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I am stuck with an exercise that I found in a textbook by Conway. First, I would like to clarify what is meant by a semi-inner product.

Definition. Suppose that $\mathscr X$ is a vector space over the complex field $\mathbb C$. A semi-inner product on $\mathscr X$ is a function $u:\mathscr X\times\mathscr X\to\mathbb C$ such that for all $\alpha,\beta$ in $\mathbb C$, and $x,y,z$ in $\mathscr X$, the following are satisfied:

  • $u(\alpha x+\beta y,z)=\alpha u(x,z)+\beta u(y,z)$,
  • $u(x,x)\ge 0$,
  • $u(x,y)=\overline{u(y,x)}$,

where $\bar\alpha$ is the complex conjugate of $\alpha$.

The difference between an inner product and a semi-inner product is that an inner product also satisfies the following:

  • if $u(x,x)=0$, then $x=0$.

Now I formulate the exercise from the textbook.

Let $u(\cdot,\cdot)$ be a semi-inner product on $\mathscr X$. Then $$\left|u(x,y)\right|^2=u(x,x)u(y,y)$$ if and only if there are $\alpha$ and $\beta$ in $\mathbb C$, not both $0$, such that $u(\beta x+\alpha y,\beta x+\alpha y)=0$.

How can I show that if there are $\alpha$ and $\beta$ in $\mathbb C$, not both $0$, such that $u(\beta x+\alpha y,\beta x+\alpha y)=0$, then $\left|u(x,y)\right|^2=u(x,x)u(y,y)$?

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I rather strongly suspect that the requirement should say “not both $0$”, not “both not $0$”. –  Harald Hanche-Olsen Oct 19 '12 at 11:17
    
Have you tried expanding out $u(\beta x+\alpha y,\beta x+\alpha y)$ and look at the result? Note that the result must always be nonnegative for all choices of $\alpha$, $\beta$, and zero for the given pair. This should be useful. –  Harald Hanche-Olsen Oct 19 '12 at 11:20
    
The second condition in the definition should be $u(x,x) \geq 0$ not $u(x,y) \geq 0$. (If $u(x,y) \geq 0$ for all $x$ and $y$ then $u$ is identically equal to $0$). –  Yury Oct 19 '12 at 12:00
    
Thank you, Yury, for correcting my typo. –  V. C. Oct 19 '12 at 12:03
    
Reply to Harald's remark: the requirement in the textbook says "both not $0$". I guess that otherwise the proposition is false. If $\alpha=0$ and $\beta\ne0$, then $u(x,x)=0$. Assume that $x\ne0$ (the equality is valid if $x=0$), but $u(x,x)=0$. Unless we show that $x(x,y)=0$ for all $y\in\mathscr X$ if $u(x,x)=0$, we get a contradiction. Is it possible to construct an example of a semi-inner product that for some $x\ne 0$ $u(x,x)=0$, but there exists $y\in\mathscr X$ such that $u(x,y)\ne0$? –  V. C. Oct 19 '12 at 12:27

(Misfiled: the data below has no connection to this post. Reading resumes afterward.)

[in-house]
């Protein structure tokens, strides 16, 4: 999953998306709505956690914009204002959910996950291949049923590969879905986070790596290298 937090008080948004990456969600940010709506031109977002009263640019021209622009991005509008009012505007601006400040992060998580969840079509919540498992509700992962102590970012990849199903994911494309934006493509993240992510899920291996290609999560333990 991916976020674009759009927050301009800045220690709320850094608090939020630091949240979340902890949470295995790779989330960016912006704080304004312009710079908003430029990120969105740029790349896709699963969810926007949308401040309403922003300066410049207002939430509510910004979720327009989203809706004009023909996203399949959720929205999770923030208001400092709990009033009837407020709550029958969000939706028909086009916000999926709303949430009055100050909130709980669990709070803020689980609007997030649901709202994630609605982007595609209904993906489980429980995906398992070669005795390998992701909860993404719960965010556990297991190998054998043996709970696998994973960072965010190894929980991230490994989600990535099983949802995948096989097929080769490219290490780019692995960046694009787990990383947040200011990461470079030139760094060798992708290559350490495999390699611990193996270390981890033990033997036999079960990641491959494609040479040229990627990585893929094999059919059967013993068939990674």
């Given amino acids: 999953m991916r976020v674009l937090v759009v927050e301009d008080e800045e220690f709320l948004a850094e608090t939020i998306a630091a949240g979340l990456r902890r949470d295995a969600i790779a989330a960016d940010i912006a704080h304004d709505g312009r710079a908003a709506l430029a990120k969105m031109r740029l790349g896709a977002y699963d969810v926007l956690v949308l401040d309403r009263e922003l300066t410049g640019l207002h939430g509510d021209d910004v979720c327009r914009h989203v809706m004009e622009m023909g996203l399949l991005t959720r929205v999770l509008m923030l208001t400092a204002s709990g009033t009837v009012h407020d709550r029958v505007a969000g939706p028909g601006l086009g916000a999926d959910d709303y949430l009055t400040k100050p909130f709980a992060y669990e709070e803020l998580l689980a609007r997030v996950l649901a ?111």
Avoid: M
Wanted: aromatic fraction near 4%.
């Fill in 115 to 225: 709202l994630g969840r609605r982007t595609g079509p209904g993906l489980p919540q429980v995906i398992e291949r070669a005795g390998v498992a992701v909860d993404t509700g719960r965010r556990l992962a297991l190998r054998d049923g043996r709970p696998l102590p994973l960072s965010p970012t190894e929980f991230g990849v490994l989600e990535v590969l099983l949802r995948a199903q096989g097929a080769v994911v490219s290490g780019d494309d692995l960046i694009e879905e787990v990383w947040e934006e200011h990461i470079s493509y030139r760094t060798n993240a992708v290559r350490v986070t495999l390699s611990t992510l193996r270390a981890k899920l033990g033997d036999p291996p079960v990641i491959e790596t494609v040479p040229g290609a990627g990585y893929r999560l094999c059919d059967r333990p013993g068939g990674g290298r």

2 Answers 2

I don't like to introduce $\lambda = \beta/\alpha$ because this destroys the symmetry between $x$ and $y$. I'd rather begin with an algebraic observation: the polynomial (aka quadratic form) $P(t,s)=At^2+2Bts+Cs^2 $ is:

  • is strictly positive on $\mathbb R^2\setminus \{(0,0)\}$ iff $AC>B^2$ and $A>0$
  • is nonnegative on $\mathbb R^2\setminus \{(0,0)\}$ iff $AC\ge B^2$

Both follow from the quadratic formula.

Expand $u(\beta x+\alpha y, \beta x+\alpha y)$ by linearity: it is equal to $$ |\beta|^2 u(x,x) + |\alpha|^2 u(y,y) + 2 \operatorname{Re}(\beta \bar \alpha u(x,y)) \\ \le |\beta|^2 u(x,x) + |\alpha|^2 u(y,y) + 2 |\beta \alpha| \,|u(x,y)| $$ The right hand side is nonnegative. Apply the above fact about quadratic forms with $|\beta|=t$ and $|\alpha|=s$. This gives the CBS inequality and relates the equality case to the vanishing of $u(\beta x+\alpha y, \beta x+\alpha y)$.

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Instead of $\mu <x, y> $ I have used $ <x, y>.$

Let $ <\mathcal{X}, .>$ be semi inner product. Let $x $, $y $ be fixed vectors in $\mathcal{X}$ and $\gamma$ be scalar. Consider $$ <x - \gamma y, x - \gamma y> = <x, x> - \gamma<y, x> - \bar\gamma<x, y> + |\gamma|^2<y,y> $$ Put $<y,x> = b \mathrm{e}^{i\lambda} (b \ge 0) $ , $ \gamma = t\mathrm{e}^{-i\lambda}$ (t is real), $ a = <y, y>, c = <x, x> $ Note here that $\lambda, a, c $ are constants whereas $ t $ is real variable. With this, we have \begin{equation} <x - \gamma y, x - \gamma y> = c - 2bt + at^2 ....(1) \end{equation} Now, $$ |<x,y>|^2 = <x, x><y,y> \iff b^2 - ac = 0 \iff 4b^2 - 4ac = 0 $$ $\iff c - 2bt + at^2 = 0 $ have equal roots. This is true if and only if $ c - 2bt + at^2 = 0$ has unique real root, say $ t_0 $. So by taking $\gamma_0 = t_0\mathrm{e}^{-i\lambda}$, from the equation (1), we obtain that $$ <x - \gamma_0 y, x - \gamma_0 y>= c - 2bt_0 + at_0^2 = 0 $$ Thus, the required scalars in your problem are $\beta = 1 $ and $\alpha = -\gamma_0 $

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